expenses
mobile wallet
wallets
Lemon

Lemon’s Mobile Wallet Gets More Useful With New Expense Reporting Service; Support For Transactions Is Next

Next Story

GamePop Subscription-Based Android Gaming Console To Cost $129, COM2US Joins Developer List

Although you can’t ditch your leather-bound billfold yet, a startup called Lemon has been slowly building up a mobile wallet platform that’s encroaching on the traditional wallet’s territory, and even making it better in some cases. Today, it’s extending its feature set again with the addition of an expense reporting tool, which serves to augment its previously available receipt capture function.

Operating as a digital copy of your physical wallet, Lemon already helps you track credit card balances, access your saved cards on the go, cancel credit cards when your real wallet is lost or stolen, and save receipts by snapping a photo of them. But users have been demanding more, explains founder and CEO Wences Casares.

“The most active users of receipts were using them for their expense reports. And those users kept asking for more functionality,” he says. “They were doing a lot of inconvenient things to use it for receipts.”

Given that there are plenty of receipt trackers out there on the market today from services like QuickBooks, Expensify, Concur, and others, it’s somewhat surprising to find that users were turning to a consumer-facing tool to get the job done, especially when it required more manual effort.

Casares says that’s because, in many cases, expense tracking solutions (like Concur, e.g.) are sold to the enterprise, and then the company tells its employees this is what we have that you can use. But when users had more choice, they were opting for a simpler option: just snap a photo and be done with it, then deal with the headache of expense reporting later on.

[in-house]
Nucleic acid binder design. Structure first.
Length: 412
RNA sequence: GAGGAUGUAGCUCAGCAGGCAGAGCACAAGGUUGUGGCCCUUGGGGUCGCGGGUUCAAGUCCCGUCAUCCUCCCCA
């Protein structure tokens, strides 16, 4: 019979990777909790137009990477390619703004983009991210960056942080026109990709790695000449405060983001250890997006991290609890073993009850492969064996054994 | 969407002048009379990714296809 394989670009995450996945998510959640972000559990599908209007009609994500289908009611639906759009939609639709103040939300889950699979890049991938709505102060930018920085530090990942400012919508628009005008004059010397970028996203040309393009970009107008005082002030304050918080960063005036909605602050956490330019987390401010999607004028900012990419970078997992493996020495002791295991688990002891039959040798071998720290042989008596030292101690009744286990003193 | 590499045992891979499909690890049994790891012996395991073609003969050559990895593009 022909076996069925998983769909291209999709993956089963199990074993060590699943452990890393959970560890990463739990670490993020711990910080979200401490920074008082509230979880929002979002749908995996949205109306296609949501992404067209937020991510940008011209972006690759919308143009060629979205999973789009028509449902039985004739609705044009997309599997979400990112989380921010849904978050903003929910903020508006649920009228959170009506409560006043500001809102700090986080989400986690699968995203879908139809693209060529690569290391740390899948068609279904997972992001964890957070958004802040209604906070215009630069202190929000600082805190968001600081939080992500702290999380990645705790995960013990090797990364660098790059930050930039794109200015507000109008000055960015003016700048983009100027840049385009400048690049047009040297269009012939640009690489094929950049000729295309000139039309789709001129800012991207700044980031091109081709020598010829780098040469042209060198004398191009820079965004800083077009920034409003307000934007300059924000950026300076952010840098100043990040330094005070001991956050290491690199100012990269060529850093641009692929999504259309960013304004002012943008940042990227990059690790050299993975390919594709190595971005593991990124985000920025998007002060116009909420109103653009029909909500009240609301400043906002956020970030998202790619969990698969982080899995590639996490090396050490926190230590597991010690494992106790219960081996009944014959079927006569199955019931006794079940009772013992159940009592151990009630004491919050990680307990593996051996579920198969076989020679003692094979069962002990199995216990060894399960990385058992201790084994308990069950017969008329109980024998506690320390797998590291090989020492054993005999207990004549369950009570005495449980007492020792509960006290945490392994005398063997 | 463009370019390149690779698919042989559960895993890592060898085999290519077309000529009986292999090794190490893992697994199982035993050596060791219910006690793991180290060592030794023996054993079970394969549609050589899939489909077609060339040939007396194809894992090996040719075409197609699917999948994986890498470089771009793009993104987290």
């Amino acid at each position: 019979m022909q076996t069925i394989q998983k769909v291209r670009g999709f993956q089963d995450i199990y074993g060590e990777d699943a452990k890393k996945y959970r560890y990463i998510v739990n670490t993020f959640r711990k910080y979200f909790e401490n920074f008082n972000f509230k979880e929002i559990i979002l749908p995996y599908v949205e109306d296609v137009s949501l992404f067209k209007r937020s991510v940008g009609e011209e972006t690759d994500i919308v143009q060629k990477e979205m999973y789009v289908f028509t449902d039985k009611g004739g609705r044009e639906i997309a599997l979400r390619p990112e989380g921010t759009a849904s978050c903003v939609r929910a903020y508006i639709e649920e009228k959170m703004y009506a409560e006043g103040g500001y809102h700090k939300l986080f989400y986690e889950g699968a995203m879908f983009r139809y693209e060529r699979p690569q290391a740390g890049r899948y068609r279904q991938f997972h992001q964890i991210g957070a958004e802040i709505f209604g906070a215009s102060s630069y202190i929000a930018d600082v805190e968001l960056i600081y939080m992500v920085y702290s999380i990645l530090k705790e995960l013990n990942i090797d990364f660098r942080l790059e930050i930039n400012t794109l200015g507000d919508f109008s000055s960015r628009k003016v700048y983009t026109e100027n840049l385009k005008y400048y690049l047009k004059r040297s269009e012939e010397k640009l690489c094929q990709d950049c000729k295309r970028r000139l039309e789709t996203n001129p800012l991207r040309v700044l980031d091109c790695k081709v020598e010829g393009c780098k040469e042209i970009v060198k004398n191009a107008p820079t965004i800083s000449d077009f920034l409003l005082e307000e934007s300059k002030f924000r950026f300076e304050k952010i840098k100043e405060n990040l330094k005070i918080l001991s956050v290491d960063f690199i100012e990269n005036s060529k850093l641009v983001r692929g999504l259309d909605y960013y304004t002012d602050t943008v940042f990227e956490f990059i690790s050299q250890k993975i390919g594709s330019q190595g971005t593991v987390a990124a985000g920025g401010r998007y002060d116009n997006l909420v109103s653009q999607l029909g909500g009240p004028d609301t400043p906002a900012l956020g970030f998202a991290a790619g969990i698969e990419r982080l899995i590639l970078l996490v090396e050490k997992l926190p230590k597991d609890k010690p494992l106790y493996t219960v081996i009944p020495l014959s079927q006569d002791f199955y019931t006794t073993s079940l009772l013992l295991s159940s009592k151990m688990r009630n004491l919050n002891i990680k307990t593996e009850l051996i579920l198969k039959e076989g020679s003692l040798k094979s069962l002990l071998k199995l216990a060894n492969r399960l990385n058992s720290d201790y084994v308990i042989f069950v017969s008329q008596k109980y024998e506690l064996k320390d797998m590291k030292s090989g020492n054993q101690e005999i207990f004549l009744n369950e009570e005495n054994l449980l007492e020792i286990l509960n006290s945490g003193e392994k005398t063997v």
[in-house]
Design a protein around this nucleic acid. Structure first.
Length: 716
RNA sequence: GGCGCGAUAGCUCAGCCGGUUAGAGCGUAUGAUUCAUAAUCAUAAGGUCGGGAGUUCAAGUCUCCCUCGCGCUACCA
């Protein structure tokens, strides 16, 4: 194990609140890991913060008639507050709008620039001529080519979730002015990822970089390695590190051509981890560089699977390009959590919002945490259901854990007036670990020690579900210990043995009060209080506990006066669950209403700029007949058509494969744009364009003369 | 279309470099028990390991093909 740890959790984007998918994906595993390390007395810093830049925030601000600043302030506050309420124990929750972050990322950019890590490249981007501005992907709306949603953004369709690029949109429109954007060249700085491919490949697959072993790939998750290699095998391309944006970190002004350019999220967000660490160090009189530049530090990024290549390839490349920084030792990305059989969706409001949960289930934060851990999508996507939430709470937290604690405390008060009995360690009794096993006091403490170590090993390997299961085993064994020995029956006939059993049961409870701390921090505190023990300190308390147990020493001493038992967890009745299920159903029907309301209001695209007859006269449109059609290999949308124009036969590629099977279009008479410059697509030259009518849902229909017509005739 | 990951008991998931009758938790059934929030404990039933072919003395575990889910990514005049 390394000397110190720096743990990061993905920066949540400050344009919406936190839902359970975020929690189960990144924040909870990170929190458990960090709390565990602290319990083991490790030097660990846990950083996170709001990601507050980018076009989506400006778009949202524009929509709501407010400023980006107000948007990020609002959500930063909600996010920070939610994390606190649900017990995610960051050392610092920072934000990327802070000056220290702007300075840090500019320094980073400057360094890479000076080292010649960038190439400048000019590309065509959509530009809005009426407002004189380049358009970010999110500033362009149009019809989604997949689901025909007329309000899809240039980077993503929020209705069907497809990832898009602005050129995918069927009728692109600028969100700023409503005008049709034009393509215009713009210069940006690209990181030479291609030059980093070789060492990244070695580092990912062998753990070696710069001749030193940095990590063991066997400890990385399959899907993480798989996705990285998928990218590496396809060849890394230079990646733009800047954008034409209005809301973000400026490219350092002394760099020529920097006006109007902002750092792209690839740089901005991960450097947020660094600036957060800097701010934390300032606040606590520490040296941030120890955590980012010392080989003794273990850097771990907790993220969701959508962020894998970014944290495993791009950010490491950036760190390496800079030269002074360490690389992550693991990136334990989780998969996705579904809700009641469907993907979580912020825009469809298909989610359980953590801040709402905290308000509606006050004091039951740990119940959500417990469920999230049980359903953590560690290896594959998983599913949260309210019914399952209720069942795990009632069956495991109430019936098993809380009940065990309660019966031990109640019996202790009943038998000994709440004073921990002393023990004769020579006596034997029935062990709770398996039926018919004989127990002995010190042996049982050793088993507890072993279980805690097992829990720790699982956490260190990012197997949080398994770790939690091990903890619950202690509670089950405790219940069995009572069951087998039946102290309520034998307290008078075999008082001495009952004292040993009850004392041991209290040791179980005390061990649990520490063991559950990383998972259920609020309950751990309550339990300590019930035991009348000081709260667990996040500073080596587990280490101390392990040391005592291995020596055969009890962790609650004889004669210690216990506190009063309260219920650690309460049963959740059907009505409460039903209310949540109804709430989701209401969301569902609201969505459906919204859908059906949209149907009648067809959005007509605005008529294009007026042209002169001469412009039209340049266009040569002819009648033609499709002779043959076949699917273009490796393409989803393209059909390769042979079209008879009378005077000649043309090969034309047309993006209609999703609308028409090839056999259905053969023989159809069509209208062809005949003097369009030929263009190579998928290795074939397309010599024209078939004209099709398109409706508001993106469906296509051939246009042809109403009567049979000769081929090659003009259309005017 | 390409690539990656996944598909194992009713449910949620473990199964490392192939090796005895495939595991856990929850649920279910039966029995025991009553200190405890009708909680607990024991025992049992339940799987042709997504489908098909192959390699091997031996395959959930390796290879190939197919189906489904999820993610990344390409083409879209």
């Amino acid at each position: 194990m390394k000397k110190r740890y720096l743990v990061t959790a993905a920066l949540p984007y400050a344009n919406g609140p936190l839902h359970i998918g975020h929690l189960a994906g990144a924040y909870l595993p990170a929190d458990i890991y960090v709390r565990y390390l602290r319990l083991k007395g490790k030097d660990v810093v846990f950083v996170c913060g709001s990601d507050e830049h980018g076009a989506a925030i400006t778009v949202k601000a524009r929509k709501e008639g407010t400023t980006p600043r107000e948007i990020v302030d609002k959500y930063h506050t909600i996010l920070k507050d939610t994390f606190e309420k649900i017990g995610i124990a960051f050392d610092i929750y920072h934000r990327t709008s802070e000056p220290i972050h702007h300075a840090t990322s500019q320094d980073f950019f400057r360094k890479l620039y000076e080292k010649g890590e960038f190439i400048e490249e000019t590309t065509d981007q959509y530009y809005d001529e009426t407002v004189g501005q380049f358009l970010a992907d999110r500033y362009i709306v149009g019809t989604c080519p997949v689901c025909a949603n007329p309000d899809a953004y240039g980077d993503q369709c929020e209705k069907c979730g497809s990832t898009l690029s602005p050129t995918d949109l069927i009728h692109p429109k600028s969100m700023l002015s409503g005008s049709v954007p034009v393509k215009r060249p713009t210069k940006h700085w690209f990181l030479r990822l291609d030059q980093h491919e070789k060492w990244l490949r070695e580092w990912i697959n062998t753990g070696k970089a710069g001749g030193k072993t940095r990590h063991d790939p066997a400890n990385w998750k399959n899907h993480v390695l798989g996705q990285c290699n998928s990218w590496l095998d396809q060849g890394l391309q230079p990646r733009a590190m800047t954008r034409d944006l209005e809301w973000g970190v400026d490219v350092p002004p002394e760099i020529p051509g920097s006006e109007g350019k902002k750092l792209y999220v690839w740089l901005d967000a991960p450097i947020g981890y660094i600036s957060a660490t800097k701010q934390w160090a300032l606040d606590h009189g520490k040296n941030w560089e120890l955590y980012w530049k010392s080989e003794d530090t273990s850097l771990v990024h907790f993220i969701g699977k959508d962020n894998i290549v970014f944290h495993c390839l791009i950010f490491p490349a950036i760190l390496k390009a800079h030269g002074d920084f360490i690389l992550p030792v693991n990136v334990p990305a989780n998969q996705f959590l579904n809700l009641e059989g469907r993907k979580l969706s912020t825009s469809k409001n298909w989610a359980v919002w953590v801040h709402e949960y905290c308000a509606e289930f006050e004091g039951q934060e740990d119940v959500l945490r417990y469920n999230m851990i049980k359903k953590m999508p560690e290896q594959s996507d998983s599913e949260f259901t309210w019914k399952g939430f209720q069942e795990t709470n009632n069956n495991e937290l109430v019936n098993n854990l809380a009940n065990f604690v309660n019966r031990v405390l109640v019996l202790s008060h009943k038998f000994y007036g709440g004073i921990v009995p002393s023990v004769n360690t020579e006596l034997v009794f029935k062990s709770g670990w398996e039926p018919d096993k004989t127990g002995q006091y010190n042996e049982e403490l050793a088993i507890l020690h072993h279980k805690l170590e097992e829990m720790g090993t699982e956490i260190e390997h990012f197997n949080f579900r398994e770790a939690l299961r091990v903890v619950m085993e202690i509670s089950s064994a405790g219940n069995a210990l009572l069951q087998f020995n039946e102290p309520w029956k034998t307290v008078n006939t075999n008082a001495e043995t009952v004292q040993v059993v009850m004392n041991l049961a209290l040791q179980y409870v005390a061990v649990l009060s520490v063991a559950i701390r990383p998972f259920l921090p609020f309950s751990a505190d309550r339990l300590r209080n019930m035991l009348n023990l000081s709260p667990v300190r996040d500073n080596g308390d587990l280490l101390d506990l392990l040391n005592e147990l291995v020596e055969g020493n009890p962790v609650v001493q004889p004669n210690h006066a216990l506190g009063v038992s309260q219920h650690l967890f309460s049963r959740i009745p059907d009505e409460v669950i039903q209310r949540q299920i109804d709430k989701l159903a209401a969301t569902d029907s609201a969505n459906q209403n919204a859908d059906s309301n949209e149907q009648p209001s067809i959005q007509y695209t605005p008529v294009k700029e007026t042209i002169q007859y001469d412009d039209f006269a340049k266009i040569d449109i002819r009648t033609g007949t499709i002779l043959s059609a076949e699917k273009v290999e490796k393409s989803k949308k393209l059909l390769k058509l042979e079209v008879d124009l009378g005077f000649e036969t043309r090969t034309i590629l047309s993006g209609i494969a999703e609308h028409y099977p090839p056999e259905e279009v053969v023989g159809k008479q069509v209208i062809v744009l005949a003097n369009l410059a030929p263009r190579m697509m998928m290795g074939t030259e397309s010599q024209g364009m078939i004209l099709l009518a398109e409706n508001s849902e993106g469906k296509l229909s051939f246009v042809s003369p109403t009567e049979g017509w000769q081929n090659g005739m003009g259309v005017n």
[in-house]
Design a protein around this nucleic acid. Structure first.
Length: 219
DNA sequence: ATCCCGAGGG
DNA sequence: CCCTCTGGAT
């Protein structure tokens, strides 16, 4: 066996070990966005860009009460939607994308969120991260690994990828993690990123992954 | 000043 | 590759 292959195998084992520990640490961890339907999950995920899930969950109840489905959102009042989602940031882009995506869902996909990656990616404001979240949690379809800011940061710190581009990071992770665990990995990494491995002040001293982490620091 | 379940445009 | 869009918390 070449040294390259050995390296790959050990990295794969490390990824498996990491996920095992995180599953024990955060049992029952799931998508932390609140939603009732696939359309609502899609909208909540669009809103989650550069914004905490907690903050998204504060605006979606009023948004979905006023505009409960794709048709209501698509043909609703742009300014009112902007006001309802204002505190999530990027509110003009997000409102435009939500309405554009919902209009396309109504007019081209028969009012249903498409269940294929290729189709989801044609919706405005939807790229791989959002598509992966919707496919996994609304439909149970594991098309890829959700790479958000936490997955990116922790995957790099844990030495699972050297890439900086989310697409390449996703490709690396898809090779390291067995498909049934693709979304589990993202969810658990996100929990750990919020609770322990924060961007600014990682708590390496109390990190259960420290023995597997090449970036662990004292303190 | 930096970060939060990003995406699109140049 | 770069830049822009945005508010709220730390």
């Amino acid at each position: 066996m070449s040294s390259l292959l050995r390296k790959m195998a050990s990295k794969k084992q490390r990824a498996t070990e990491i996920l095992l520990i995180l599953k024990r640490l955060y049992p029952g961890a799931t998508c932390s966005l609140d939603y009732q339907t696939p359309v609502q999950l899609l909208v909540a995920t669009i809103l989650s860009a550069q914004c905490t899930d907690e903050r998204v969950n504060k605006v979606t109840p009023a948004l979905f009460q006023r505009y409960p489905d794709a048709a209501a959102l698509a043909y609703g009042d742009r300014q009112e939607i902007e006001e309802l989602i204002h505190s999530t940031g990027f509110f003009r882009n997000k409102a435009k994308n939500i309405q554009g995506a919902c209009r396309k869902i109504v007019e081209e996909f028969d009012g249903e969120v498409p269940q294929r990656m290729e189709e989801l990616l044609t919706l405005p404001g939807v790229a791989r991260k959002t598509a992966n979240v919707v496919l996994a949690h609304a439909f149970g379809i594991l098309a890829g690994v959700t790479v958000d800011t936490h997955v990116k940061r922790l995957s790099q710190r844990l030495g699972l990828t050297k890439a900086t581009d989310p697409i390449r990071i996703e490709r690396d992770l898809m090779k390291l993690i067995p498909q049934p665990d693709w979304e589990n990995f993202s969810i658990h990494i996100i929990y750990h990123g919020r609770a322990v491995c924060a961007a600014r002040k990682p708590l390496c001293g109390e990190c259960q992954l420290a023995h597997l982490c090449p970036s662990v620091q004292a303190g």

Now Lemon can help with that latter part. Its new expense reporting application can accommodate photos of receipts and e-receipts which are forwarded to expenses@lemon.com for processing. When complete, receipts are saved in a PDF format for the user, and attached directly the expense report itself, which can also be output in CSV or XLS format for importing into other expense software.

Though Lemon has been designed for consumers, expense reporting pushes the product more towards business users, though not enterprise. With its centralized management dashboard, admins can group expense reports by individual, category or user-created tags, then approve and/or route approvals to others who process the reimbursements. The solution works well for smaller businesses or even individuals, who just need to track their expenses in a more organized manner.

The system is offered as a free trial within Lemon’s mobile app, updated today, and then the cost is $5/month per user going forward.

Casares says the company is now working to support deeper QuickBooks integration, and will soon offer a refreshed mobile wallet user interface which allows users to group their cards into compartments – the way a “real” wallet works. Though he declined to provide download figures or user numbers, he says that Lemon is now capturing 1,000 new cards per hour.

Following the refresh, the next big move for Lemon will be to begin enabling transactions, using the data users’ have saved within their wallets already. Cesares says they’re considering many different avenues for this, but the plan is to start with e-commerce, not at point-of-sale. Guess you’ll have to hang on to your billfold for a bit longer, then.